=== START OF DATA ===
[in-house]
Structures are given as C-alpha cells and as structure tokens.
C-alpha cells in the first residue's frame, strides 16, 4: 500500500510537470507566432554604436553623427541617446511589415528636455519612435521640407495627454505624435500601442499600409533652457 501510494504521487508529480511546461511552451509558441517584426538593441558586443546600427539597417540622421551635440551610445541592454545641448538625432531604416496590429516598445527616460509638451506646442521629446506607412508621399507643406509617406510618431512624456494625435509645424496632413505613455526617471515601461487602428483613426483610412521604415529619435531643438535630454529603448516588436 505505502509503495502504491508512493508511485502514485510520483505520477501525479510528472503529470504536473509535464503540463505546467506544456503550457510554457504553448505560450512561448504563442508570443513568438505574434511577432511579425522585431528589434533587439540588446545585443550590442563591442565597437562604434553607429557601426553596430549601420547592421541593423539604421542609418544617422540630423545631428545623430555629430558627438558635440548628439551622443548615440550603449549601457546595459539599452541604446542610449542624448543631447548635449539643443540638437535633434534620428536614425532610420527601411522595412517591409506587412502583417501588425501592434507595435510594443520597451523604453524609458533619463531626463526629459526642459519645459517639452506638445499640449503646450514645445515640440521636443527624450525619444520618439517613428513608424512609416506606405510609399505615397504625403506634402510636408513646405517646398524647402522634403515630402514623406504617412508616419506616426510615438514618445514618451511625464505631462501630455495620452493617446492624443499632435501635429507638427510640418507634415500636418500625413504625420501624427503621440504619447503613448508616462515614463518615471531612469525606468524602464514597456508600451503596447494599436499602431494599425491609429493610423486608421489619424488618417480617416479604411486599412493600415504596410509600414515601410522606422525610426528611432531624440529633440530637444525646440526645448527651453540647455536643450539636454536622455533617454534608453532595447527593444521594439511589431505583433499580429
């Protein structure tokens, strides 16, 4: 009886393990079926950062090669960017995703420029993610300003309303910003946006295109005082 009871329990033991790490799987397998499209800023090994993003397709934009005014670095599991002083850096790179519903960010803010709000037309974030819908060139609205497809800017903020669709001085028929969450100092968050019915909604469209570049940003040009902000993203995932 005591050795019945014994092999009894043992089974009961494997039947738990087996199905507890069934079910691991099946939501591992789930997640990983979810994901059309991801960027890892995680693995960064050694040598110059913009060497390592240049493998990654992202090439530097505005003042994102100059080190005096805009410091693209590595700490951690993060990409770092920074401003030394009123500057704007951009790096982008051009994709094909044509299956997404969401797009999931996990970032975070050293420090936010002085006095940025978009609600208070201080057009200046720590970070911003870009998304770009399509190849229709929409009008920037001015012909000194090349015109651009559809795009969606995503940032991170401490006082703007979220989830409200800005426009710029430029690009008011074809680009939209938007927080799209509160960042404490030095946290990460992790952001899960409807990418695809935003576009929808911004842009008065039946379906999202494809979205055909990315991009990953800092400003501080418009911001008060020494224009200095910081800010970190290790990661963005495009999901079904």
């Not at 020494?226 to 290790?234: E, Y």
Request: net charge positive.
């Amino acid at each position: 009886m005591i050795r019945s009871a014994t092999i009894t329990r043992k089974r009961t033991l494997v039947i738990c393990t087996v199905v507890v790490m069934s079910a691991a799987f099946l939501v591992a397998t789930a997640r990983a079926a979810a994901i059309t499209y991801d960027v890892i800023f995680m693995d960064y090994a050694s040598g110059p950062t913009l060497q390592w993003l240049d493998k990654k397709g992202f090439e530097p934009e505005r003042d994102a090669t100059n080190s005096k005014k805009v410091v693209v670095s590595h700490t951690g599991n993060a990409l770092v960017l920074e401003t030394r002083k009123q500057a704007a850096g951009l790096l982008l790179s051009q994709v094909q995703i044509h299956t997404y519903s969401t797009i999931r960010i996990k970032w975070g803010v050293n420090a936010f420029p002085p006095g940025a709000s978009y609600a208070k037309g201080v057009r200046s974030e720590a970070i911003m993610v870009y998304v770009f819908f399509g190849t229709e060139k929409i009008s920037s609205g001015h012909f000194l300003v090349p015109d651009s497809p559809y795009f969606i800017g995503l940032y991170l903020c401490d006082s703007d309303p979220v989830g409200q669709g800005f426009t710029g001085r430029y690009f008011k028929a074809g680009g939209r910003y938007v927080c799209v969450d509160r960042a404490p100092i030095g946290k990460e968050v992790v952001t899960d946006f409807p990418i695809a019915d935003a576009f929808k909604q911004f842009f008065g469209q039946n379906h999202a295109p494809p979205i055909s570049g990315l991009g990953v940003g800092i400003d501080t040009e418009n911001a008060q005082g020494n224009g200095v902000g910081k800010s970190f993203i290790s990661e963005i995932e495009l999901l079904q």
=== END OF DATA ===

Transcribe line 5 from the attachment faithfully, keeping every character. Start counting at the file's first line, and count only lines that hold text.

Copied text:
């Not at 020494?226 to 290790?234: E, Y």